Mathys sets sights on more gold in El Paso ahead of dual Olympic ambitions
Maude Mathys is an off road running superstar and she is eyeing what would be a record-breaking fourth successive title in the mountain running events at the European Athletics Off-Road Running Championships in El Paso, Spain from 1-3 July.
The European Off-Road Running Championships is a new addition to the calendar, combining the disciplines of trail and mountain running. Mathys has won three successive titles at the European Mountain Running Championships and a fourth title would put her in rarefied company.
Mathys is someone who might be considered to be the complete runner. The Swiss star can run the marathon in under two-and-a-half hours and was recently crowned national champion at this distance in Zurich. Yet there are reasons why she will not be competing at the European Athletics Championships in Munich in August – and these can be found in the great outdoors.
Although Mathys has set her sights on competing in the Olympic Games marathon in Paris in 2024 as one of her long-term career goals - as well as participating in the ski mountaineering event at the 2026 Winter Olympics in Milan-Cortina two years later - this year her focus is clearly on trails.
Her love of this type of running is nothing new for the 35-year-old from Ollon in the Canton of Waad who excels both on the trails and in the mountain running disciplines.
“I began doing this half a lifetime ago,” said Mathys, who got into the sport by running through meadows and forests with her then-future husband.
“I wanted to keep up with him and wanted to get into running as a sport. I tried out almost all athletics disciplines in my youth – but I found stamina sports the most exciting and I specialised in them.”
And with great success as well. Mathys has trained - and trained hard - and has achieved the targets on her training plan which have been put together by her coach Mael Bohren since last year.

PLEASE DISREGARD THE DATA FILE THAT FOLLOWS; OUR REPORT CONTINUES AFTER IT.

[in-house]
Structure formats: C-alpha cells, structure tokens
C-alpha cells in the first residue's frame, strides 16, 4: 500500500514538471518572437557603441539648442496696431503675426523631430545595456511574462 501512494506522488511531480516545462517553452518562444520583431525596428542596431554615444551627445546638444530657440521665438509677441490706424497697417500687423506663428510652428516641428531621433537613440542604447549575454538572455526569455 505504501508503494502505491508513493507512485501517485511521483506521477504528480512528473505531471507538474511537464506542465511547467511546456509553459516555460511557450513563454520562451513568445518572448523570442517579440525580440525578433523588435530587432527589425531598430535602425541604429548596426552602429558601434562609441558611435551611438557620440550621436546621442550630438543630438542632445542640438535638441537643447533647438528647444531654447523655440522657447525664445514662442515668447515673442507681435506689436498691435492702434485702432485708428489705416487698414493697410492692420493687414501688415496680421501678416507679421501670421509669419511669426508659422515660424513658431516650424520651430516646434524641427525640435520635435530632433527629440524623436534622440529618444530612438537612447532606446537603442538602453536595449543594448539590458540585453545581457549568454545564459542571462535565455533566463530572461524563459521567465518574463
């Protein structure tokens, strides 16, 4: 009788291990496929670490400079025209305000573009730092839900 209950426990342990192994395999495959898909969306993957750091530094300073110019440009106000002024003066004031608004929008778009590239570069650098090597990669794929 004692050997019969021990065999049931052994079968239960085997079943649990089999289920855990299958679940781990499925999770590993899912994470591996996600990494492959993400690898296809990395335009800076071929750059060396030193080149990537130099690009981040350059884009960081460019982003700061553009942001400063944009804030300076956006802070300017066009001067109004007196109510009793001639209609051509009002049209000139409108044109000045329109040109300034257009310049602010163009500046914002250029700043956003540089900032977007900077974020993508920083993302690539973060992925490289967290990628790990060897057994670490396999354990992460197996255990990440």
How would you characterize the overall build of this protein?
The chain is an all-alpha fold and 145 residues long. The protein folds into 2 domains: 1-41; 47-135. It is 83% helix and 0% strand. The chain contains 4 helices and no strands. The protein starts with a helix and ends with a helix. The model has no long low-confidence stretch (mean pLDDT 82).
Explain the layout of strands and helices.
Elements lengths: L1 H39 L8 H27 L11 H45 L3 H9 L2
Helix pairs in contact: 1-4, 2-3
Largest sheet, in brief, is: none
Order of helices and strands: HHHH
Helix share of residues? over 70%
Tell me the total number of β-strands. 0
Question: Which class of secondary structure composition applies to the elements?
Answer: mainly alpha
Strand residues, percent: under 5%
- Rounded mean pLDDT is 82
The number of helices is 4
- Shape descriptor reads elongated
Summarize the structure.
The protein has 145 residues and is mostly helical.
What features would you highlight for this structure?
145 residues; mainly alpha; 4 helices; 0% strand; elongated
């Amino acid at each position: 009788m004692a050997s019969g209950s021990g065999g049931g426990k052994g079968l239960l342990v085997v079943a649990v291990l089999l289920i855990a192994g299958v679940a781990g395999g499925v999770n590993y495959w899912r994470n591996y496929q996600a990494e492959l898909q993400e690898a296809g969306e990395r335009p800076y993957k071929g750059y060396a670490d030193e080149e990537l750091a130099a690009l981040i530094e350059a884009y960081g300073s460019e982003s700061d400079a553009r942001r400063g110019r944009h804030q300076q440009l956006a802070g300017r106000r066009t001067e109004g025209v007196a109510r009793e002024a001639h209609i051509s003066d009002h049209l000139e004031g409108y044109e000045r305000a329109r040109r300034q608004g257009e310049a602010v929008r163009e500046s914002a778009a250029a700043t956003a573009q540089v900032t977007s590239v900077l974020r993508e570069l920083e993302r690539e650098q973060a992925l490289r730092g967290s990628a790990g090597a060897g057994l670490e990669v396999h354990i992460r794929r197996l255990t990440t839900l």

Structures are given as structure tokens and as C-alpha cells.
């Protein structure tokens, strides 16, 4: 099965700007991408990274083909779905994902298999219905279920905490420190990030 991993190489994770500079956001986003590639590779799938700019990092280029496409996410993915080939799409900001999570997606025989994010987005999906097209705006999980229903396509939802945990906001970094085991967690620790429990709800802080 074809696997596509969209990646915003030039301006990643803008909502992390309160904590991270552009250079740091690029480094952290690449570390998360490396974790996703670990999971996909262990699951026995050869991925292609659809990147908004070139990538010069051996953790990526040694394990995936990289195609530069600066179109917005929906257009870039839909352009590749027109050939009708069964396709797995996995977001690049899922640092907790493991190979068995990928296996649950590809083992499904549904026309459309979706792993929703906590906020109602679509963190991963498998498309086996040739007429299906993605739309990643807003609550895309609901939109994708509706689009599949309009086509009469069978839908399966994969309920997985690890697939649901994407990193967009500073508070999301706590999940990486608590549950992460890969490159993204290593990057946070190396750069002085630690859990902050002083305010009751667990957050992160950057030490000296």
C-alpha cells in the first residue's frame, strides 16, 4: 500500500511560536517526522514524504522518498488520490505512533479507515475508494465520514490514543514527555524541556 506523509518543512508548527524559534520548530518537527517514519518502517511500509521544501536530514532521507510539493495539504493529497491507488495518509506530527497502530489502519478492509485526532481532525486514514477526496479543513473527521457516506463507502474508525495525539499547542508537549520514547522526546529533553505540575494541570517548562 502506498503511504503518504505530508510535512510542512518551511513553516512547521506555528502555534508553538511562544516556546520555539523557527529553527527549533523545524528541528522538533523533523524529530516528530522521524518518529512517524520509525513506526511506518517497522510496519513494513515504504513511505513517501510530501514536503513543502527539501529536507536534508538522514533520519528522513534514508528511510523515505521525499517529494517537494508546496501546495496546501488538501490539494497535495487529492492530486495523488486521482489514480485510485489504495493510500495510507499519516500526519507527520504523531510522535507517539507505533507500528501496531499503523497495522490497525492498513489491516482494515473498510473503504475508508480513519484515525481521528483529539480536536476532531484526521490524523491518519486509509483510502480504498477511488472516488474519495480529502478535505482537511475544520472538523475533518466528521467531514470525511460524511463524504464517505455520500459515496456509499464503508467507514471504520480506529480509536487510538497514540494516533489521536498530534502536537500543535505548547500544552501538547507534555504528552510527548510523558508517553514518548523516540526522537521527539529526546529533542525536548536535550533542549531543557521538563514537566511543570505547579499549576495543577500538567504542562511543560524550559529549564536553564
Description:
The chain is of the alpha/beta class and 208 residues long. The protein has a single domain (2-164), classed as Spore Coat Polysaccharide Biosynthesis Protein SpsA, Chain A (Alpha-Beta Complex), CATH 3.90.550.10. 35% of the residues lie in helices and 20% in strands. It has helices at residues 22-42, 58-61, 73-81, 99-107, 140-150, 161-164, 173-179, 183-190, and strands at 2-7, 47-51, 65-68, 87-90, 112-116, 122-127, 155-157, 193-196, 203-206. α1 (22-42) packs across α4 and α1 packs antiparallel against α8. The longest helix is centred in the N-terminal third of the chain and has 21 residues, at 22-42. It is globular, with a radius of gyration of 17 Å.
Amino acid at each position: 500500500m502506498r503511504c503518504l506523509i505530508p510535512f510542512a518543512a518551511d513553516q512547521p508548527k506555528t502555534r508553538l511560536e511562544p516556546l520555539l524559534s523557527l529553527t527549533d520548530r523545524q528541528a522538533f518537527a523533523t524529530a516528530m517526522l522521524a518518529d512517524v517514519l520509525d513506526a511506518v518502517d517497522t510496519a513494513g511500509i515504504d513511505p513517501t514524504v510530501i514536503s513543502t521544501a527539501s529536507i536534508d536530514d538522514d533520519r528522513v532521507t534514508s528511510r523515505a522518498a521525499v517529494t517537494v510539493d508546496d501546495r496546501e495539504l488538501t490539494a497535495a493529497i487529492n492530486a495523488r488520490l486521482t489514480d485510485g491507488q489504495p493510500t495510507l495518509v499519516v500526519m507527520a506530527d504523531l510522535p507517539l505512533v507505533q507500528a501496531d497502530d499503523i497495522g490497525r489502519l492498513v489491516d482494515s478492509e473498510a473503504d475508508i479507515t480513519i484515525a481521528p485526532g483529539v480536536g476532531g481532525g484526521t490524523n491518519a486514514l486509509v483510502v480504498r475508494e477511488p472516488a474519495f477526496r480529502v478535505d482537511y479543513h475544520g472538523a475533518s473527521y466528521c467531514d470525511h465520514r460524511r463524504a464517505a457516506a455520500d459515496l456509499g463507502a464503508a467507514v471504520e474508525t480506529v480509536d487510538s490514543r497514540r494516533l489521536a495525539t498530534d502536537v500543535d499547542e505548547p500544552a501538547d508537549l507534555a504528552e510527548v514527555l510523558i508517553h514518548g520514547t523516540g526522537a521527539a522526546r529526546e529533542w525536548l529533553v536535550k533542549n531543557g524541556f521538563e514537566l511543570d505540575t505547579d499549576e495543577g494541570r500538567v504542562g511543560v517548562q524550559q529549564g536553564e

Her training programme is rigorous but Mathys follows it diligently. Sixty minutes of running means 60 minutes and not 58 minutes. And Maude Mathys would do another extra lap to reach the required time target.
“I love running outside and in the woods and I love that I keep discovering new places, wherever I am. I find all my favorite things in trail running. Running is such an easy sport. You just need shoes, pants and shirt and nothing more,” she said.
The fact that a backpack, water bottles, poles and head lamp are equipment needed - sometimes - in trail running is something the three-time European champion only partially accepts. “I prefer being out for two or three hours at a time and so I don’t carry much equipment. And by the time I’m thirsty, I’m already back home,” she said.
Mathys has established a long and lucrative career with many more chapters likely to be written.
She has won the European Mountain Running Championships three times as well as the prestigious and lung-busting Sierre-Zinal race in Wallis, Switzerland three times, a race that is 31 kilometre, ranges over 2200 vertical metres and whose course passes five 4000-metre high mountains. The course record for women is 2:46:03 (unofficial), and (official) 2:49:20 both of which were set by Mathys.